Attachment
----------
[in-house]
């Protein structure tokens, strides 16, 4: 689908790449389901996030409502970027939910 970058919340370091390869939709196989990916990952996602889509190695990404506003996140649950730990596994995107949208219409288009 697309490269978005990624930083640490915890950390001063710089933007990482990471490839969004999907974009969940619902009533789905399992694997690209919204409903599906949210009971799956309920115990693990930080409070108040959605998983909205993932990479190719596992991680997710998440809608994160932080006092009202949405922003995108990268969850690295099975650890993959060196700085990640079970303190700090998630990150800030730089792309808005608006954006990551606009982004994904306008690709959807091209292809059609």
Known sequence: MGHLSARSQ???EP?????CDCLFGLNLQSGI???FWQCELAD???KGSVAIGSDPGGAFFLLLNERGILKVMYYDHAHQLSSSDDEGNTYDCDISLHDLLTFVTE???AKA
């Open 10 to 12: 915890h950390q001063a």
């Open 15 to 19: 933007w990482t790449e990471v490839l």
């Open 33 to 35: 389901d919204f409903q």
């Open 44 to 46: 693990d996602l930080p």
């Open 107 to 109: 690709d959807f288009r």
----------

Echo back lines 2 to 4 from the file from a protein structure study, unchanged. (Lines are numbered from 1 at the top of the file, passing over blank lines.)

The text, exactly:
């Protein structure tokens, strides 16, 4: 689908790449389901996030409502970027939910 970058919340370091390869939709196989990916990952996602889509190695990404506003996140649950730990596994995107949208219409288009 697309490269978005990624930083640490915890950390001063710089933007990482990471490839969004999907974009969940619902009533789905399992694997690209919204409903599906949210009971799956309920115990693990930080409070108040959605998983909205993932990479190719596992991680997710998440809608994160932080006092009202949405922003995108990268969850690295099975650890993959060196700085990640079970303190700090998630990150800030730089792309808005608006954006990551606009982004994904306008690709959807091209292809059609």
Known sequence: MGHLSARSQ???EP?????CDCLFGLNLQSGI???FWQCELAD???KGSVAIGSDPGGAFFLLLNERGILKVMYYDHAHQLSSSDDEGNTYDCDISLHDLLTFVTE???AKA
């Open 10 to 12: 915890h950390q001063a």